Personal honors for Kamikaze pilots were categorically omitted. Only general war memorials for the "Tokkō-tai" were set up. Only in the last few years has museums been given detailed information about the fate of the fatal aviators. In the western world, the soldiers of this squad of aviators' deaths in particular were mistakenly interpreted as fanatical nationalist war supporters, which is now different with the increasing number of background information and interviews with contemporary witnesses. Rather, on the basis of the diaries and farewell letters left by the aviators of death, one can determine the hopelessness and desperation of those who submitted to military power and the expectations of honor and avoidance of disgrace for the fatherland. The Imperial Japanese Army had a reputation for being particularly brutal and cruel, not only towards soldiers and civilians of the enemy, but also towards its own people and soldiers. The free decision of the individual was unimportant and had to be placed under the will of the monarchy. Nothing is known of the involvement of Tennos Hirohito . When he was told of the first such attack, he is said to have welcomed the success but regretted the fate of the pilot. The Tenno by no means had the position of an emperor according to German understanding. The Tenno, considered a direct descendant of the sun goddess Amaterasu , was more of the spiritual leader of Japan. Participation in day-to-day politics or even giving orders was neither within his competence, nor was it expected. The power rested exclusively with the military government of General Tojo .

On August 15, 1945, the creator and commander of the Tokkō-tai, Vice Admiral Ōnishi Takijirō ( 大西 瀧 次郎 ), asked the families of the sacrificed pilots for forgiveness and killed himself.

A Yokosuka MXY-7 , a model built exclusively for kamikaze use, on display in the Museum of Science and Industry in Manchester , England.

Some of the aircraft types used:

Manned torpedoes

In addition to aircraft, the Japanese also used manned torpedoes ( kaiten ), in which the driver sat in a primitive cabin and only had an outside view through a periscope. One of the two developers died during the test phase: he ran out of oxygen. Before doing this, he noted how such problems could be avoided in the future. The effect of the technically unreliable Kaiten fell far short of expectations. When the American fleet tanker USS Mississinewa (AO-59) was sunk on November 20, 1944, with 63 dead, it was a decisive factor that the remaining cargo was insufficiently secured. The second success was the sinking of the destroyer escort USS Underhill (DE-682) on July 24, 1945 with 112 dead.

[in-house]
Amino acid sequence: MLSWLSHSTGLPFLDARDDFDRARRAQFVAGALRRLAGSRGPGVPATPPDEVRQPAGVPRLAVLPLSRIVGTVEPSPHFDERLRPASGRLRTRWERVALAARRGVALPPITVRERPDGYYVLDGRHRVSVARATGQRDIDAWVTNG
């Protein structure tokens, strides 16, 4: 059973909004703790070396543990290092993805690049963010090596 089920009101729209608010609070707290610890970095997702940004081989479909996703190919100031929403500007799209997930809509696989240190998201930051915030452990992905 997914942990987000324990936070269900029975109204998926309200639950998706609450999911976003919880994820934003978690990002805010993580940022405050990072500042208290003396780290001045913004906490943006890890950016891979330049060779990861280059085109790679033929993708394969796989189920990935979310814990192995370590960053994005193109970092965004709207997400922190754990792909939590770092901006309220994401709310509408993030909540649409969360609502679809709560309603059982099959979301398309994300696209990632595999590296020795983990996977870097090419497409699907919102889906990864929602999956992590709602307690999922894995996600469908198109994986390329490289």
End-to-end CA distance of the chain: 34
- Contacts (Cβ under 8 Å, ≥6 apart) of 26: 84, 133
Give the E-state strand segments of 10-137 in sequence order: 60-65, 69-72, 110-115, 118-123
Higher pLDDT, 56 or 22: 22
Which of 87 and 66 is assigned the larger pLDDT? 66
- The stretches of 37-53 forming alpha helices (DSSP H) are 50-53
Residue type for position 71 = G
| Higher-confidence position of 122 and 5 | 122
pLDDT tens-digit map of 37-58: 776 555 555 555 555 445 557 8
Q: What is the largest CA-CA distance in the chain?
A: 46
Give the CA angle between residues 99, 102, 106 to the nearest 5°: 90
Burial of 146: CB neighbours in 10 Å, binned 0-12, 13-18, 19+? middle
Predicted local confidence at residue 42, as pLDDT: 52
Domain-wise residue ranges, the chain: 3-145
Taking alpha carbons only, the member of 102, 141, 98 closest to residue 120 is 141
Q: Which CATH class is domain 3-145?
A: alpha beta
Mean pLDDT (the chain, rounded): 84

The manned torpedoes were to be brought as close as possible to enemy ships by submarines. In many cases, however, these were already sunk on the way to the target area by the American anti-submarine defense.

Kamikaze tactics in other countries

In the early stages of Operation Barbarossa against the German Air Force, Soviet pilots occasionally resorted to the ramming tactic. The pilot accepted death. However, these attacks were made of their own free will and were not ordered by a higher authority, but were used, for example in the cases of the pilots Wiktor Talalichin and Nikolai Gastello , to mobilize the resistance of the population. Towards the end of the war in 1944, a similar military project was considered on the German side with the self-sacrifice command Leonidas . In the related Elbe Special Command, however , the pilots were supposed to jump with the parachute .



  • NDR 2000, 3-SAT, January 20, 2010, Kamikaze.
  • Wilfried Eck: A question of honor, Kamikaze. Jet & Prop 3/2006.
  • Klaus Scherer: Kamikaze. Iudicium 2001, ISBN 3-89129-728-9 .
  • Rikihei Inoguchi, Tadashi Nakajima: Death flies with us: Japan's kamikaze pilots report. Edition Sven Bergh 1982, ISBN 3-430-14955-X .
  • Bernard Millot: Kamikaze. Spirit, organization and commitment of the Japanese fatal pilots. Neff 1982, ISBN 3-7014-0042-3 .
  • Bohdan Arct : Kamikaze. Weymann Bauerverlag, Rostock 1998, ISBN 3-929395-38-X .

English - Japanese

  • MG Sheftall: Blossoms In The Wind. ISBN 0-451-21487-0 .
  • Albert Axell, Hideaki Kase: Kamikaze: Japan's Suicide Gods. Longman 2002, ISBN 0-582-77232-X .
  • Senri Nagasue: Shiragiku tokkōtai: kaerazaru wakawashitachi eno chinkonfu (Kamikaze by Siragiku). Kōjinsha, 2002, ISBN 4-7698-2363-0 .
  • Rikihei Inoguchi, Tadashi Nakajima, Roger Pineau: The Divine Wind: Japan's Kamikaze Force in World War II. Naval Institute Press, 1994, ISBN 1-55750-394-X .
  • Hatsuho Naito, Mayumi Ichikawa: Thunder Gods: The Kamikaze Pilots Tell Their Story. Kodansha America, 1989, ISBN 0-87011-909-5 .
  • Ohnuki-Tierney Emiko: Kamikaze Diaries. University of Chicago Press., 2006, ISBN 0-226-61951-6 .
  • MG Sheftall: Blossoms in The Wind. 2005, ISBN 0-451-21487-0 .


  • Kamikaze: Was in the Pacific. Red Distribution, 2004.
  • Kamikaze in color. Goldhil Home Media I, 2002.

Web links

Commons : Kamikaze  - collection of images, videos and audio files

Individual evidence

  1. a b Inken Prohl : Kamikaze. Staged death. In: Ruperto Carola. Research magazine of the University of Heidelberg , Ruperto Carola, Heidelberg 2014, pp. 98–105.
  2. ^ Memorial next to the point where Iida's machine crashed: Japanese aircraft impact site. Pilot-Lieutenant Iida, Commander, Third Air Control Group. December 7th, 1941.
  3. Kamikaze Pilots: One Last Onslaught of the Suicide Warriors on, accessed on December 12, 2018
  4. Kamikaze-Flieger: In the name of honor on, accessed on December 12, 2018
  5. Kamikaze - Suicides were Japan's last option on, accessed on December 12, 2018
  6. Failed because he survived the war on, accessed on December 12, 2018
  7. Olaf Groehler : Battle for air supremacy. Berlin 1988, p. 72 f.